Thank you very much for the explanation. It all makes sense now!
I am glad adding color pallet and scaling the result helped you to determine if there is deflection in conical pin or not. Kindly share results if possible.
As you can see we are talking about really small deformations

Are you trying out these mesh methods for conical pin or the special shaped shaft ? Kindly elaborate on what exactly do you wish to do here, unless you got the desired results.
I'm trying out these mesh methods for the special-shaped shaft.
Actually, this is only a first attempt at analysis, so perhaps improving the mesh at this stage is not that important. The true geometry of the pin and shaft are as follows:

As you can see in the following images, I also make the same settings for the analysis on the real geometry by adding a frictionless support so as not to have the cantilever beam (which I think was an error in the previous modeling).
Basically, my goal is to calculate the axial thrust that is applied to the fixed support. This is because in the real application there isn't a fixed support but the pin is held in position by an external force. I couldn't replicate this condition in the static structural simulation environment because the model would have been under-constrained.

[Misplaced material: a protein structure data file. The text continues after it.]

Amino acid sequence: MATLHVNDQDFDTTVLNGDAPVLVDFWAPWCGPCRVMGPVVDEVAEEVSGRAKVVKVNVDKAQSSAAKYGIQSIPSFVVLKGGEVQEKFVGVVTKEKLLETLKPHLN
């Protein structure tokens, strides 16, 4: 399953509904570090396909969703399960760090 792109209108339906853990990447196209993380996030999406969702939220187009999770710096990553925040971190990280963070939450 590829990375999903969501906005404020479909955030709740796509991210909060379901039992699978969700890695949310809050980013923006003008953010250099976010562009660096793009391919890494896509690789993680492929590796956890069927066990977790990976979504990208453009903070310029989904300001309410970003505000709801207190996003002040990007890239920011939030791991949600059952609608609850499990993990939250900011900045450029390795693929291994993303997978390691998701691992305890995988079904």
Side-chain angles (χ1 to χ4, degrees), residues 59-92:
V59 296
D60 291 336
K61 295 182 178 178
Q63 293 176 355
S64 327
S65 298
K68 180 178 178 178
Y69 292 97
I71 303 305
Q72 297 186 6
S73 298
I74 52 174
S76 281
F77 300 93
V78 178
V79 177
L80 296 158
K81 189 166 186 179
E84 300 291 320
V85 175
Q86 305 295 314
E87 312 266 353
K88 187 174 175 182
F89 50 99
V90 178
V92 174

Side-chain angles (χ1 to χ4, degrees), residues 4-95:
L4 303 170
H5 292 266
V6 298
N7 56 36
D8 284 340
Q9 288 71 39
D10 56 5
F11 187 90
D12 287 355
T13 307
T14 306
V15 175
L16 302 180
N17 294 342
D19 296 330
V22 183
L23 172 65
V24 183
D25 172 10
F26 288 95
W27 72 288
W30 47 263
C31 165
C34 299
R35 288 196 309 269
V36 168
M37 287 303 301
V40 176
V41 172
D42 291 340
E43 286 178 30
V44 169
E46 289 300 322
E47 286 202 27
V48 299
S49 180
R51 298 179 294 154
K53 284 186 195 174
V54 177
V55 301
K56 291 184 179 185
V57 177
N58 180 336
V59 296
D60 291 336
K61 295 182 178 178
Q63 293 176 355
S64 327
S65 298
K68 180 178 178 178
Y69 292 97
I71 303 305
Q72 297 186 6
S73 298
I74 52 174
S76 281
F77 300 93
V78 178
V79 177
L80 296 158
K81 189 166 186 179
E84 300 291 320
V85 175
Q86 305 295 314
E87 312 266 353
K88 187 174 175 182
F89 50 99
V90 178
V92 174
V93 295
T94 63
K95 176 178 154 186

However, after your explanation, it occurred to me that the sticking effect on the two contact points could be used to prevent too much force from being discharged axially on the pin. Obviously, this effect is not desired when inserting the pin, so I don't know if it is actually a good thing to continue to explore this path or is better simply analyze the system to determine the force necessary to hold the pin inside its seat in the shaft (which was the initial goal of this analysis). What do you think about it?